Tuesday, December 7, 2010

The Album Quest, Part 3

Today: Breaking Benjamin's debut album album Saturate, the Boris and Ian Astbury collaboration album BXI, Red Hot Chili Peppers drummer Chad Smith's Bombastic Meatbats and their two albums to date, French grunge-rockers Creep AC's Do the Humans Kill the Earth?, supergroup Crippled Black Phoenix's studio discography, and finally Cynic's original masterpiece Focus. Mostly highs and one low which I will talk about in more detail; it was, overall, another very enjoyable installement of the Album Quest.

1. Breaking Benjamin

a.) Saturate

Well, it's the second time that I've overlooked an amazing band's debut album while having really enjoyed their later stuff (see The Album Quest, Part 1: the Arctic Monkeys section). In any case, I thoroughly enjoyed the raw power and omnipresent metal influences throughout Breaking Benjamin's first full-length production. When listening, it becomes very clear where the foundations for the band's later awesomeness were laid. The single "Polyamorous" is an instant hit, very catchy but also very well written/composed. "Natural Life" and "Next to Nothing" are equally solid tracks, and overall the album delivers with a force more violent than any other Breaking Benjamin productions - Ben Burnley's use of growled vocals is a lot more present here than in any later albums. This album is a must-listen if you came to Breaking Benjamin from the metal side of things.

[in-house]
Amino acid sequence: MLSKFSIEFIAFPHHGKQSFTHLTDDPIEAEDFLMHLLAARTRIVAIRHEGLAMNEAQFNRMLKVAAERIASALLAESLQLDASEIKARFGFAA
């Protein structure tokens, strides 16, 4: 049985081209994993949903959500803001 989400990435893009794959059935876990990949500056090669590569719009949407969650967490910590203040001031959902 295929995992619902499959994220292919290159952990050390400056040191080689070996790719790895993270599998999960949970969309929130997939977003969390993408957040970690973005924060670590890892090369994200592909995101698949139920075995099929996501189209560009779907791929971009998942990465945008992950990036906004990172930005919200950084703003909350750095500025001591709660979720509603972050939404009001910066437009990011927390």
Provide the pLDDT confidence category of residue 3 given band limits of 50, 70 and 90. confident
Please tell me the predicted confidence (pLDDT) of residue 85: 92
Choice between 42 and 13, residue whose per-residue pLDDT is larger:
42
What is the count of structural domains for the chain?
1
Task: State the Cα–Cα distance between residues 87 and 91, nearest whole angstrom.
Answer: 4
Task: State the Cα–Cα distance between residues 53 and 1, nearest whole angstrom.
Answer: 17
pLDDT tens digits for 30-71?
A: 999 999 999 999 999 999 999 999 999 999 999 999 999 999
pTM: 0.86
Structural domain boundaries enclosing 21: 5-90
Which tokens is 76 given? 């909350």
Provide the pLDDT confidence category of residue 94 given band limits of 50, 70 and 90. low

2. BXI

a.) BXI

BXI is apparently one-off collaboration between Japanese noise-rockers Boris and former The Cult frontman Ian Astbury that for some reason deserved its own band name as well as album title. In any case, one listen to the short but extremely sweet piece of work tells you why it did indeed deserve its own band name. For this is a dimension of Boris we have seldom seen before. It's a sound we've been offered snippets of, most notable in Boris' collaboration with Michio Kurihara (Rainbow) and their album Soundtrack to the Film "Mabuta No Ura", but in fact it is an atmosphere very specific to this album. It seems almost as if Boris crafted this feel to go with Astbury's voice as much as they could, and in this aspect they most certainly succeeded for the two complement each other to perfection. One can actually easily say Boris and Astbury succeeded at basically everything in this album, from the three masterful original pieces to the fresh and intelligent cover of The Cult's own "Rain" with Boris' guitarist Wata providing very ethereal female vocals that just work for some reason. And when things "just work" with Boris, things are just awesome.